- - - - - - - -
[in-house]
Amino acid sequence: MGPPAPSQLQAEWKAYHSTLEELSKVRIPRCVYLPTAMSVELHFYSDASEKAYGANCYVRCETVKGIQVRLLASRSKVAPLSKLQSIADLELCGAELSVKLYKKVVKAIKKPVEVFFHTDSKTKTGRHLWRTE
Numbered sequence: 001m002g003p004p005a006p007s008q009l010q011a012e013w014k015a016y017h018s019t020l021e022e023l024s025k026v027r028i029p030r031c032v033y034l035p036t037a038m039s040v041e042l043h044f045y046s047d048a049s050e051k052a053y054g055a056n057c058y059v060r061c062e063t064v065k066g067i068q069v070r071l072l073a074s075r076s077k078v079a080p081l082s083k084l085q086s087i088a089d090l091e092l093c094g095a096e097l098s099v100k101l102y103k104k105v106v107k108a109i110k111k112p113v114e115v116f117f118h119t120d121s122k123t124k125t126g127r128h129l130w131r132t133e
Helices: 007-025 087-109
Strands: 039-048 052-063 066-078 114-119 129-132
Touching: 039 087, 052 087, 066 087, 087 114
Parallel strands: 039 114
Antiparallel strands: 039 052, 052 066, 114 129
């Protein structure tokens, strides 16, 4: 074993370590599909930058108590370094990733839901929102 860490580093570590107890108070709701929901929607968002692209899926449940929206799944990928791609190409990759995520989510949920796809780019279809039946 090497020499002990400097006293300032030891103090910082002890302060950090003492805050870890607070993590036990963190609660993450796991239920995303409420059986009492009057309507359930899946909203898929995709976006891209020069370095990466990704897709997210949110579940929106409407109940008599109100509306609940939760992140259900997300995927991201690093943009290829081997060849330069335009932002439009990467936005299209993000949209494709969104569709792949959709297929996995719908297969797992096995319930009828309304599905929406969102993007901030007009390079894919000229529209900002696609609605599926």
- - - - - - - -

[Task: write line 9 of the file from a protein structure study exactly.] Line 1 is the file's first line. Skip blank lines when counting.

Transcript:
């Protein structure tokens, strides 16, 4: 074993370590599909930058108590370094990733839901929102 860490580093570590107890108070709701929901929607968002692209899926449940929206799944990928791609190409990759995520989510949920796809780019279809039946 090497020499002990400097006293300032030891103090910082002890302060950090003492805050870890607070993590036990963190609660993450796991239920995303409420059986009492009057309507359930899946909203898929995709976006891209020069370095990466990704897709997210949110579940929106409407109940008599109100509306609940939760992140259900997300995927991201690093943009290829081997060849330069335009932002439009990467936005299209993000949209494709969104569709792949959709297929996995719908297969797992096995319930009828309304599905929406969102993007901030007009390079894919000229529209900002696609609605599926």